4. Can damage from ice dams go further than my attic?
Depending on how and where your ice dams form, the water can go anywhere. We’ve even seen water pouring into the basement. How? The ice dam grew so large that water traveled to a deck attached to the house, pooled, and then headed into the basement. If ice dams travel down your downspouts or the icicles get so large that they are nearing the ground, water may be pooling near your foundation with nowhere to escape.
5. What is the most common mistake made in dealing with ice dams?
It happens all too often: people do cosmetic repairs without making sure the area is completely dry and checking for mold growth. Then, when the weather warms up, they discover they have a full-blown mold infestation. That’s why when there’s water damage, it’s important to test for mold. Hire an independent mold inspector, one who does not do remediation, to get honest and accurate results. An independent testing company can conduct air monitoring and surface sampling tests; identify affected areas and measure the amount of mold – even if it cannot be seen by the naked eye.
6. Will homeowners insurance cover damage from ice dams?
According to the National Association of Realtors®, most homeowners insurance policies cover conditions such as damage caused by ice dams, when water can’t drain into the gutters and instead seeps into the house. But, if the water from an ice dam enters the home from the ground, homeowners insurance generally won’t cover mold remediation. You would need flood insurance for that.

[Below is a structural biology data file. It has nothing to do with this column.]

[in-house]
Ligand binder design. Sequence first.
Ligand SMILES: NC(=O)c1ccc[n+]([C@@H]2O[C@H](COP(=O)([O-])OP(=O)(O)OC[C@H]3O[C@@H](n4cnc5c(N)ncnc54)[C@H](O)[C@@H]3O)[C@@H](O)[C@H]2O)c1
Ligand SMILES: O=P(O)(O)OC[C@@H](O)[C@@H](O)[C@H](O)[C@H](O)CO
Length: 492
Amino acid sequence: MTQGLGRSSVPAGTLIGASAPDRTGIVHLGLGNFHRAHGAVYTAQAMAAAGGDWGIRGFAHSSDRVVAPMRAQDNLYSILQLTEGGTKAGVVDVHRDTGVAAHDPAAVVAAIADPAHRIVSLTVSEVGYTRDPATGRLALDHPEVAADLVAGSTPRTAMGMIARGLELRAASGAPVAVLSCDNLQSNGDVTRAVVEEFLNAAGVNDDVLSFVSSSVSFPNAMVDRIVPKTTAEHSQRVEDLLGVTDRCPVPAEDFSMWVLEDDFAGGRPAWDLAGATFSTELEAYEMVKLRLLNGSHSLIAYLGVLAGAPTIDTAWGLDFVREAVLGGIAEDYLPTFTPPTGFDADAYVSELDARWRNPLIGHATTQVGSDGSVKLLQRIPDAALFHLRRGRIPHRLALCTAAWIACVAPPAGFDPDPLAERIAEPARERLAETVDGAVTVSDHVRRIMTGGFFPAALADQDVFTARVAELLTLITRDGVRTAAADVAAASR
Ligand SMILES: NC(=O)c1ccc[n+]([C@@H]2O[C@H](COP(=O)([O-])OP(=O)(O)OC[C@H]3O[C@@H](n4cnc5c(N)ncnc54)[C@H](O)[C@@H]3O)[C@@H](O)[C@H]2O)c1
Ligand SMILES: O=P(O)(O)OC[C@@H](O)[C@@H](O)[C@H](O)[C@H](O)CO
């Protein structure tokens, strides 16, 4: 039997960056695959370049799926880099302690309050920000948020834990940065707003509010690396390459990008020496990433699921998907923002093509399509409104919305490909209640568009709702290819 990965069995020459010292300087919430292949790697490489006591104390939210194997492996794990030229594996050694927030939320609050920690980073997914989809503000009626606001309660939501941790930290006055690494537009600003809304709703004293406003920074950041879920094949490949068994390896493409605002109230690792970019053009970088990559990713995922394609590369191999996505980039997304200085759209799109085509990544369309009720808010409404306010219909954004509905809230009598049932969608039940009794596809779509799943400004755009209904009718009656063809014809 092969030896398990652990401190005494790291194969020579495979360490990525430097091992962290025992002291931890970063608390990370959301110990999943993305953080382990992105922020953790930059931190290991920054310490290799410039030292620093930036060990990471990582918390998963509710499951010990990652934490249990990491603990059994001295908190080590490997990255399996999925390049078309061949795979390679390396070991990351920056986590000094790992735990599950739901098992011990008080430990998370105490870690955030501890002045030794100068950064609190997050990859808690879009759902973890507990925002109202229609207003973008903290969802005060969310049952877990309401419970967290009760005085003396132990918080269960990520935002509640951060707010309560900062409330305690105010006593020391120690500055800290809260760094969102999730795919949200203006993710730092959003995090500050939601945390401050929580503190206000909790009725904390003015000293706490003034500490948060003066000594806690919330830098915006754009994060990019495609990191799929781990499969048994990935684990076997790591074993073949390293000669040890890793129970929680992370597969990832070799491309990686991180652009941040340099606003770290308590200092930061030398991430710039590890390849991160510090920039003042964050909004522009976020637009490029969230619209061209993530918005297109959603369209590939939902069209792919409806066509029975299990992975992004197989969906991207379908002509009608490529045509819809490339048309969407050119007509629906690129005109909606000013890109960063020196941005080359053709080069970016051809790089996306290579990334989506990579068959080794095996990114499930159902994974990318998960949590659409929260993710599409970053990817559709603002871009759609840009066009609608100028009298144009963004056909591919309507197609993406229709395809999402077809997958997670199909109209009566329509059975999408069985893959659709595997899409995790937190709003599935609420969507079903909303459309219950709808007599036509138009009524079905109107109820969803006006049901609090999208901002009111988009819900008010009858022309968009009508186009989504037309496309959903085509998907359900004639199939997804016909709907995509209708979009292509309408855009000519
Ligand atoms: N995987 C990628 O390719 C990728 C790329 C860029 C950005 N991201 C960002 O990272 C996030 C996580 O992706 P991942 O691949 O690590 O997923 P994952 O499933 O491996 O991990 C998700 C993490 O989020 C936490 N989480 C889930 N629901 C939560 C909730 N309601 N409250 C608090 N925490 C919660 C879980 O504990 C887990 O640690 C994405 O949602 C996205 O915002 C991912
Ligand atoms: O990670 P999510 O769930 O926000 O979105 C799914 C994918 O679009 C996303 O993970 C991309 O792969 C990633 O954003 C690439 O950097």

7. How can I prevent ice dams in the future?
There are a number of ways to prevent future ice dams, depending on your situation and how your home or place of business is constructed. Here are a few tips:
- Properly insulate.
Proper insulation of the attic is one solution, as is a tight vapor barrier to prevent moisture from passing from the living areas into and through the insulation. If air from your home finds its way to the underside of the roof sheathing, the heated air raises the temperature of the roof, causing snow to melt, then refreeze when the temperature drops again. Important: make sure you have enough insulation. An insufficiently insulated home is more likely to suffer damage caused by ice dams. To find out how much insulation your home should have (based on location and age), refer to this chart on the North American Insulation Manufacturers Association webpage.
- Protect your gutters.
Whether it’s a snow and ice shield or electrified gutters, there are several products that will prevent water from working its way into the home. (A snow and ice shield consists of a membrane that seals the roof under the shingles, forming a continuous barrier to water.)
- Ensure adequate ventilation.
In order to make sure that your attic and roof are properly ventilated, there should be venting at both the eaves and soffits and/or at the gable ends of the attic. You need to have a space for cold air to flow above the insulation to keep the roof cold and prevent the snow from melting. If you have a finished attic, it is a little more complicated, but it can be done. House Logic shares some additional tips here.
If you are experiencing damage from ice dams and melting snow, call RTK Environmental today at (800) 392-6468 to discuss your options and figure out a plan to keep your home and family safe.